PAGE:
I have drawn in and around the Barbican before. Here is a collection:
Here are houses on Grove Lane, Camberwell, London SE5.
I drew this standing in the street. People passed to and fro with prams, dogs and delivery parcels. Although it was December, there were still a few roses out in the bushes behind the fences. The sky really was blue, as you see from the pictures below. It was very cold though, note the gloves. I finished the colour at home, as my hands were freezing.
Here is work in progress.
The main colours are Phthalo blue turquoise for the sky, Mars Yellow, Fired Gold Ochre, and Green Apatite Genuine. The paper is a block of Arches 300gsm Cold Pressed watercolour paper.
This was a commission! Thank you to my client for the commission, and for introducing me to this interesting area. I found a new cycle route through Elephant and Castle.
Happy New Year!
My New Year card for 2021 shows a telephone kiosk.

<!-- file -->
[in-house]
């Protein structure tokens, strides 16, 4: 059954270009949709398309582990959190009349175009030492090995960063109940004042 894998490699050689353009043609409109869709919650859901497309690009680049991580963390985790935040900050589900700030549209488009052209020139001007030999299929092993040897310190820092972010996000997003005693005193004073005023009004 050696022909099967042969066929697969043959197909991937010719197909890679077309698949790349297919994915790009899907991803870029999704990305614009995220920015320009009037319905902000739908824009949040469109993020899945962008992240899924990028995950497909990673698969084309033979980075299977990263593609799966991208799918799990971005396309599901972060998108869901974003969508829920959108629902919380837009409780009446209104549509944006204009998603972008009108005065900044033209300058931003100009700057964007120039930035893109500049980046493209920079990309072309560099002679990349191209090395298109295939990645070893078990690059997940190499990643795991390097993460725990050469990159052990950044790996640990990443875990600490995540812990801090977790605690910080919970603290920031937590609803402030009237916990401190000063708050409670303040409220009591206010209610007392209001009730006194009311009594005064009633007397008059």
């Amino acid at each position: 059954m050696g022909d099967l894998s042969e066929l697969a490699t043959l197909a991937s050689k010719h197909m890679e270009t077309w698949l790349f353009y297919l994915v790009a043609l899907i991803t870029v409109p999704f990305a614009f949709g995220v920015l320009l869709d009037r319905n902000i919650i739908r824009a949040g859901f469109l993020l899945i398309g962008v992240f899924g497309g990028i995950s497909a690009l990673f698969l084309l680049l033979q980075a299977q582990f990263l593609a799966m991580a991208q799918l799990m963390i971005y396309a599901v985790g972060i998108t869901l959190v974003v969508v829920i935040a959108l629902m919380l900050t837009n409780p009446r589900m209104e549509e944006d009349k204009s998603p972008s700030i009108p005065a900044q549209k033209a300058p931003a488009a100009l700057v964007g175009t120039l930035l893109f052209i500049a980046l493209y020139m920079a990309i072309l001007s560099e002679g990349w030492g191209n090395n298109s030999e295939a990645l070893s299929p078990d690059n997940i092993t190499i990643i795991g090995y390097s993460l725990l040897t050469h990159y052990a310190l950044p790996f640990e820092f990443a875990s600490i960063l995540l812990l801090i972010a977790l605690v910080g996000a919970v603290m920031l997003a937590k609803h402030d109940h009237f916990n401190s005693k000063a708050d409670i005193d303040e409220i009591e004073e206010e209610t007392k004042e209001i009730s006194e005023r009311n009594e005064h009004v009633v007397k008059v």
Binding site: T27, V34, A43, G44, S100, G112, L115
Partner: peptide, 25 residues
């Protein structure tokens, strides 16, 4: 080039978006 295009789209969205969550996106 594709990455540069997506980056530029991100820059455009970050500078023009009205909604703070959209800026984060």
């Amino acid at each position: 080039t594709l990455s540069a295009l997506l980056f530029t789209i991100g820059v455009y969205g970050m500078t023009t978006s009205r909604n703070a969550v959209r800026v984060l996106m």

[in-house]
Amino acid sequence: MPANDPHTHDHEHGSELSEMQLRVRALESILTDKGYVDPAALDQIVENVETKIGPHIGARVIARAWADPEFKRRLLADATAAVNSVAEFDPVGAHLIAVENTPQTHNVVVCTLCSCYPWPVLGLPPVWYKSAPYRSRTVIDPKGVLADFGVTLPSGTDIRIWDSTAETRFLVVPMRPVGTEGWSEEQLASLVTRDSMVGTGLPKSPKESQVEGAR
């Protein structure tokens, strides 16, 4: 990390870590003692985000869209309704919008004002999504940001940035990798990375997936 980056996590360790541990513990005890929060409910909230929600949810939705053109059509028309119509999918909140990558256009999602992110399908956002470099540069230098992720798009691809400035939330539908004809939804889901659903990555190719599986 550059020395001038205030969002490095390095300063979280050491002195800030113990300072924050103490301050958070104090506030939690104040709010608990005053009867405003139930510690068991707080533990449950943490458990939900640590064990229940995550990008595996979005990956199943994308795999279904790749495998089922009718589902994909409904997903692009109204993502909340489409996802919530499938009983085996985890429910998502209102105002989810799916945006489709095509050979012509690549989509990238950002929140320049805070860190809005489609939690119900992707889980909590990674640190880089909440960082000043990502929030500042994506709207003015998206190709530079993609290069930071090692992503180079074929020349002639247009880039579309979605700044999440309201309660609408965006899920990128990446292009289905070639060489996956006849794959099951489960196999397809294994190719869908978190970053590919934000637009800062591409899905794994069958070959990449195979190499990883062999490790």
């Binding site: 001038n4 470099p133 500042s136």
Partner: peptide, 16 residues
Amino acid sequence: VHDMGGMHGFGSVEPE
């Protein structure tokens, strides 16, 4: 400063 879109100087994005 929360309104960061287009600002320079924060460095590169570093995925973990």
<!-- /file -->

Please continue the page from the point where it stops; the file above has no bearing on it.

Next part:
I am of a generation for whom the telephone kiosk was, at one time in my life, an important feature of communications. You looked for them. You found them. They were either working or not. The inside smelt of old metal, coinage, leaves and urine. The phone was heavy and cold. The thick cord was twisted. You had to have the right coins. Sometimes coins jammed in the slot, or went straight through the mechanism without registering. So if you were experienced, and organised, you had a whole series of coins of different denominations ready to put in, in case the first one didn’t work. If your call was important, or if you needed to write something down, it was helpful to have a friend with you in the telephone kiosk, standing by with the coins, poised to enter them rapidly as the pips went. There was a risk-based calculation about what denomination of coin to enter, and in what order. You might enter small change first, while you worked out if the person you wanted was in, then drop in the big money for the important conversation, so that the pips did not cut you off at a critical point. You might enter a variety of change at the beginning in the hope that some of it would be returned if the call was shorter than you expected. But your money was not always returned.